Is it a worthy quest to find life else where in the universe even if it's a micr

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  1. RavenBiker profile image60
    RavenBikerposted 6 years ago

    Is it a worthy quest to find life else where in the universe even if it's a microbe?

    Mankind has mostly alsways beleived that we are alone in the Universe and that the Earth is the center of Creation.  Would discovery of life forms else where in the Universe change the course of human history, religious faith or will do nothing to the betterment of humanity?  What would change for you if anything?

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  2. ThompsonPen profile image77
    ThompsonPenposted 6 years ago

    I believe so. Mainly because I believe we should be exploring all we can in order to learn all we can. The problem though is if we actually do find life, how will we respond to it? If it's scientists seeking life for the sake of learning and discovering, I think that we would do quite well. If the government were to get involved, which of course it would, then there would be trouble. But I am more referring to if we were to find the sort of life which would have its own culture. I could see it getting exploited, and resources drained and territory unrightfully claimed, as it has happened so many times in history. The other thing to consider would be what kind of influence would we have on another culture not on this earth and not to the point of distance travel themselves? Are we as species mature enough to meet another culture without manipulating it?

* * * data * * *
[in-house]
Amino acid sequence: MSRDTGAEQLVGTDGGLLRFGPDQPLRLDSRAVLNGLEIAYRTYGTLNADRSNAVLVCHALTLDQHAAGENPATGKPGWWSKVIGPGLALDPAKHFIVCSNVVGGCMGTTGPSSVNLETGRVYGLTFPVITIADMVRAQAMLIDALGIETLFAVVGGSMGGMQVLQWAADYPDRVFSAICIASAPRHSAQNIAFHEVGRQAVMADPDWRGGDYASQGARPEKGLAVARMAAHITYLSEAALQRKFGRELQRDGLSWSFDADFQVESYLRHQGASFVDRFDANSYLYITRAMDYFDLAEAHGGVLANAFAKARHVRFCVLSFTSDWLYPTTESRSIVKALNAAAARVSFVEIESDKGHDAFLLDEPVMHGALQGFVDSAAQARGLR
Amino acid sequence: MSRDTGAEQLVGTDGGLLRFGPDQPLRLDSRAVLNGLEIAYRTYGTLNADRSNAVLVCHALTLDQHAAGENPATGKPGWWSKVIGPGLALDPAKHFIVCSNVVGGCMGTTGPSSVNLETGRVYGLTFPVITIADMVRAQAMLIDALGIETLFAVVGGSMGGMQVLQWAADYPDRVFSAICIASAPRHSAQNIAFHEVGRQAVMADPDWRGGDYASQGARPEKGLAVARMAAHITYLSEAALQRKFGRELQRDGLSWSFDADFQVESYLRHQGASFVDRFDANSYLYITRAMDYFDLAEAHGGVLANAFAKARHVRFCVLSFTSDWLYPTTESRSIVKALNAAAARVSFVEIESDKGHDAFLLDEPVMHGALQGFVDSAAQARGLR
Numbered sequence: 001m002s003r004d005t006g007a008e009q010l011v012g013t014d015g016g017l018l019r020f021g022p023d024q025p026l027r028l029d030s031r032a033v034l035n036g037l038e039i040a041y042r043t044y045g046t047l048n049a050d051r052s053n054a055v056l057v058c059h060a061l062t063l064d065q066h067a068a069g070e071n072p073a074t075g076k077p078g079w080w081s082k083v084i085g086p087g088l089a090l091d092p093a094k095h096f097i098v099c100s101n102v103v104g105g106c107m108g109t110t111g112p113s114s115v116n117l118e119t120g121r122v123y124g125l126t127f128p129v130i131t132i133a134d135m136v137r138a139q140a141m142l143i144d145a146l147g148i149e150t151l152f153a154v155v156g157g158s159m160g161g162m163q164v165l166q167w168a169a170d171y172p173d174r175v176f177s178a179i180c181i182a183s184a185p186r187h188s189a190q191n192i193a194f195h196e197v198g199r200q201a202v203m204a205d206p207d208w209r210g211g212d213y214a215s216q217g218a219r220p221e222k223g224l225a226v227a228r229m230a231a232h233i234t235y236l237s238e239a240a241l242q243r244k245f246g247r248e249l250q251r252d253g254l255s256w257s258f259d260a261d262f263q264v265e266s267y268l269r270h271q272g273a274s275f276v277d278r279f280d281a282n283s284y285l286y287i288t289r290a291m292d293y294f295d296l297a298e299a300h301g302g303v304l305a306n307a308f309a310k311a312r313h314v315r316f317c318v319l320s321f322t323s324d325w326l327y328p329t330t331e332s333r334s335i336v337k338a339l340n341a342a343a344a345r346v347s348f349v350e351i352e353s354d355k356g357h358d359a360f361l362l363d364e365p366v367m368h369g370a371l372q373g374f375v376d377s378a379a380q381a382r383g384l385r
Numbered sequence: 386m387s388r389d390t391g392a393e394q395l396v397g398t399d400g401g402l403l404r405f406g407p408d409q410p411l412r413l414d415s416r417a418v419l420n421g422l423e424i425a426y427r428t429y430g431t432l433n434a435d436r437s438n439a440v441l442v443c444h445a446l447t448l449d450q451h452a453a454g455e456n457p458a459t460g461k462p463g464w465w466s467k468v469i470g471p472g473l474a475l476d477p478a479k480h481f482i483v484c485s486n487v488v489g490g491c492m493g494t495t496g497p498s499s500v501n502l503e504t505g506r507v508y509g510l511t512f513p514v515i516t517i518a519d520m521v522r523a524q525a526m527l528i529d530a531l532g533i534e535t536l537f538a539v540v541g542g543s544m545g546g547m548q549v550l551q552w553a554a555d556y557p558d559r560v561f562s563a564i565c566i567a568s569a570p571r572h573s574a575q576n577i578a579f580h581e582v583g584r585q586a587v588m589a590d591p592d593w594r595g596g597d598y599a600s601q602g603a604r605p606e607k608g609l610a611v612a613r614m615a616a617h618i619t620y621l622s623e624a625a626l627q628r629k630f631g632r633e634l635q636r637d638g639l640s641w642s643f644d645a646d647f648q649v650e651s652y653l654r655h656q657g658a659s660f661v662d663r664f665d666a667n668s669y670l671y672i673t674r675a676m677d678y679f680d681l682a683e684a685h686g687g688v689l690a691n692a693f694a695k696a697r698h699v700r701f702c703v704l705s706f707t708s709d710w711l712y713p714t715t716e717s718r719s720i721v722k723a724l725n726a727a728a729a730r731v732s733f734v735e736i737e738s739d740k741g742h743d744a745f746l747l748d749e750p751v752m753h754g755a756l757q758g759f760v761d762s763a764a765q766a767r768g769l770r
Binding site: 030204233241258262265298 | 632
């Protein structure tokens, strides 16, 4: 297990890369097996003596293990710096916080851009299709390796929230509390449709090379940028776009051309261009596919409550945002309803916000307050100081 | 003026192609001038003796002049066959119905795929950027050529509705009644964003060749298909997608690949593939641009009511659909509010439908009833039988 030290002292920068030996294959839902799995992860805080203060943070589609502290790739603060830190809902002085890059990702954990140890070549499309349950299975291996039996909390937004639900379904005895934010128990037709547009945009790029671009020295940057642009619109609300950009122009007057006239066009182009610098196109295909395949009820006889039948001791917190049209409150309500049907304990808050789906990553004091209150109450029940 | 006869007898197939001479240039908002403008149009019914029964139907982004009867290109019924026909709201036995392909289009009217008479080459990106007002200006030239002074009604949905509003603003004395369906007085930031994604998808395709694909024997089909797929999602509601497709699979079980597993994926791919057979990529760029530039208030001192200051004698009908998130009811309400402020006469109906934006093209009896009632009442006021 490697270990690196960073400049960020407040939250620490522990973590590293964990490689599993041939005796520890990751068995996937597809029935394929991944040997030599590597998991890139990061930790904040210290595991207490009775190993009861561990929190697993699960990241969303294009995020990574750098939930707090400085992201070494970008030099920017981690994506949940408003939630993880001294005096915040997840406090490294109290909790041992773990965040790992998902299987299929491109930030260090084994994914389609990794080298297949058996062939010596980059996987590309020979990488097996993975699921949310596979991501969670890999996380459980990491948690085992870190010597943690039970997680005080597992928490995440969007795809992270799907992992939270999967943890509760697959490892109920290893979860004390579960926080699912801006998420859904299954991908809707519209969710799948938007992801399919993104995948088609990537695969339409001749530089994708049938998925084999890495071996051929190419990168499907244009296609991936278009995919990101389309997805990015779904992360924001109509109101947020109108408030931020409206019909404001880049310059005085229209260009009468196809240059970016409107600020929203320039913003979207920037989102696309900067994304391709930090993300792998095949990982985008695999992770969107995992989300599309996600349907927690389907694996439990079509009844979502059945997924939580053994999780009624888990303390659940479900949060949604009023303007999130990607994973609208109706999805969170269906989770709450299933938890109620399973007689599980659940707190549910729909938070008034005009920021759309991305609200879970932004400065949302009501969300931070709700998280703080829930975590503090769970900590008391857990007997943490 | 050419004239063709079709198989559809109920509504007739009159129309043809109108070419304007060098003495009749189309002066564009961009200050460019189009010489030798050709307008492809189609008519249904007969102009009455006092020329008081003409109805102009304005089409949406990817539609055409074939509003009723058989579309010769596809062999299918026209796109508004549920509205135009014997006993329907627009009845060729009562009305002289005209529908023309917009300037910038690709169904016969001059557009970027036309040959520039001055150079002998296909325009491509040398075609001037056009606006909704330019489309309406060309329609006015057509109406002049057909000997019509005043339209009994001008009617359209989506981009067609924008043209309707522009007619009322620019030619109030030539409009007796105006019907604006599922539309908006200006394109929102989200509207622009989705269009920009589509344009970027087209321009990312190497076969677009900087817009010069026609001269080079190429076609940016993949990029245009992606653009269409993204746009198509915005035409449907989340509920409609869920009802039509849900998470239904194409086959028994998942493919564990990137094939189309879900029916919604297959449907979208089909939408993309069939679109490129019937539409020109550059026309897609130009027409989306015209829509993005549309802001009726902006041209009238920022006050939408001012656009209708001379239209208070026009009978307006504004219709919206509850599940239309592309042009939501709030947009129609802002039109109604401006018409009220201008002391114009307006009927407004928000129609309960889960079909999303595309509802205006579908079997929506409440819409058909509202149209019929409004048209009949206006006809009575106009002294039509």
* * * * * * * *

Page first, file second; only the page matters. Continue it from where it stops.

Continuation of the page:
If we were to find microbes, they could be equally tricky. Once again, science for the sake of science might be alright. Though, they do say that curiosity killed the cat, and without knowing what that microbe represents or is capable of, it could bring a negative impact to earth, much like bringing a non-native invasive species to an area can.
    Then again, the opposite of all that could be said. We could embrace a new culture, new views of the universe and learn more peaceful ways and new and intriguing sciences! It could be an exciting an amazing opportunity.
    The search for life though isn't just about finding life for the sake of life. Finding life on another planet would mean the possibility of a matching Goldie-Locks planet like ours. I our rules for being able to exist are universal, then a planet like that would mean another place for us to live since it would have water and be at a spot in the solar system where it wouldn't be too hot or too cold.
    People are waking up to the over-population issue, but aren't responding fast enough, and we are running out of space and resources on this planet. Another planet, especially one close enough for us to get to would mean a solution, if only temporary.

  3. Larry Fields profile image78
    Larry Fieldsposted 6 years ago

    The discovery and retrieval of alien mirror-image cyanobacteria and/or plant life could have useful applications in biotech. If the quarantine procedures were adequate! Otherwise annoying the Klingons would be the least of our worries. I have written a currently Zzz hub that speculates about both scenarios.

  4. lone77star profile image84
    lone77starposted 6 years ago

    Microbes? Boring!

    Personally, I believe the universe is teeming with life, but not intelligent life.

    Earth or humanity at the center is merely ego flexing it's "muscle."